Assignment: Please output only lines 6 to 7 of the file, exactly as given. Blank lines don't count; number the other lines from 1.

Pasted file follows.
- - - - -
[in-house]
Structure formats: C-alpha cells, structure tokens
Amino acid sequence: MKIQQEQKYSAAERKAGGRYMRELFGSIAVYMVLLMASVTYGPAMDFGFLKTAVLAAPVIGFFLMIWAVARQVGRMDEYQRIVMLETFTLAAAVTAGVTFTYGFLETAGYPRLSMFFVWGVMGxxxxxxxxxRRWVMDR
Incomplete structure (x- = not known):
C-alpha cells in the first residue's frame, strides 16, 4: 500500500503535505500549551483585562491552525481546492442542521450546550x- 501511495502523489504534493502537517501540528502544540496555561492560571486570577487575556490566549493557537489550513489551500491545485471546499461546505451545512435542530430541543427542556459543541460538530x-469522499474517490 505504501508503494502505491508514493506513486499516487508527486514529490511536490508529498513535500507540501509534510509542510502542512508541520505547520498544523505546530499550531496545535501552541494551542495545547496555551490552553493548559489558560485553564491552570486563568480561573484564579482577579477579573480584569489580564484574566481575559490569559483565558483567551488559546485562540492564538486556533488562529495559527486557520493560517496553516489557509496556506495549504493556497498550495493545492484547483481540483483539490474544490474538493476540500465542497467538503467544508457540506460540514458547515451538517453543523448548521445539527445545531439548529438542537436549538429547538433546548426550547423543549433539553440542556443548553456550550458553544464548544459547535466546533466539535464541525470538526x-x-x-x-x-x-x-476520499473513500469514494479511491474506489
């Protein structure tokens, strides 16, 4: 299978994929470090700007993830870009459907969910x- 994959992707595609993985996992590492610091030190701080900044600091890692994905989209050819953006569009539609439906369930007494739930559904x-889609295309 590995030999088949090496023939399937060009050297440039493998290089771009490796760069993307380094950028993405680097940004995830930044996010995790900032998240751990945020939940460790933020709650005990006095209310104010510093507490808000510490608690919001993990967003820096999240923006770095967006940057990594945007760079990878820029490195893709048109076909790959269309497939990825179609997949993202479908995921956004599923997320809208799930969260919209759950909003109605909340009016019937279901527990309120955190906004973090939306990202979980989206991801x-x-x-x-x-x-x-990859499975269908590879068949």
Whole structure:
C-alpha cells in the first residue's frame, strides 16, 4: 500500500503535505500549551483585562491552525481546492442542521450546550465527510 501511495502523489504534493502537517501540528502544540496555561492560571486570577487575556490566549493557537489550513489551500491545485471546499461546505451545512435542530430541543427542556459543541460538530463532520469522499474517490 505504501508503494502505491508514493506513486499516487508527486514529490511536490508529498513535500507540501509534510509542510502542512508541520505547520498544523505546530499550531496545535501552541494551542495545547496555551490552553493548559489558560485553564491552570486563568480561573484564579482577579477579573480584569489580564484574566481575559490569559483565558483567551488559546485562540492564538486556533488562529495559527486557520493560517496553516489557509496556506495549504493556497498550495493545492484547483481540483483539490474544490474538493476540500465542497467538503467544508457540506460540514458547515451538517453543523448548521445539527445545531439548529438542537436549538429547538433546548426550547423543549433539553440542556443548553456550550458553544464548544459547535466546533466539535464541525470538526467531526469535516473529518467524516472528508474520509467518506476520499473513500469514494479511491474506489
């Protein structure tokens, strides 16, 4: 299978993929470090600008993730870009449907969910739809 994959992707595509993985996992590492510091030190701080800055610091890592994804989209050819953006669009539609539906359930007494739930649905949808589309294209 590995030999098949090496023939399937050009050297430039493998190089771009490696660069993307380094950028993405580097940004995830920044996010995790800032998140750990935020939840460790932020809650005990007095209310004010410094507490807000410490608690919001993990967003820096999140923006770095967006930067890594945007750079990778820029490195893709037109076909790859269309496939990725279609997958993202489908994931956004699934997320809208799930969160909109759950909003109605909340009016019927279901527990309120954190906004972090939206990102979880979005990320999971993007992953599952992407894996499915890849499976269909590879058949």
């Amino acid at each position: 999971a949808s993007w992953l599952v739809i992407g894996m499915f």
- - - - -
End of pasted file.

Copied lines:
């Protein structure tokens, strides 16, 4: 299978994929470090700007993830870009459907969910x- 994959992707595609993985996992590492610091030190701080900044600091890692994905989209050819953006569009539609439906369930007494739930559904x-889609295309 590995030999088949090496023939399937060009050297440039493998290089771009490796760069993307380094950028993405680097940004995830930044996010995790900032998240751990945020939940460790933020709650005990006095209310104010510093507490808000510490608690919001993990967003820096999240923006770095967006940057990594945007760079990878820029490195893709048109076909790959269309497939990825179609997949993202479908995921956004599923997320809208799930969260919209759950909003109605909340009016019937279901527990309120955190906004973090939306990202979980989206991801x-x-x-x-x-x-x-990859499975269908590879068949």
Whole structure: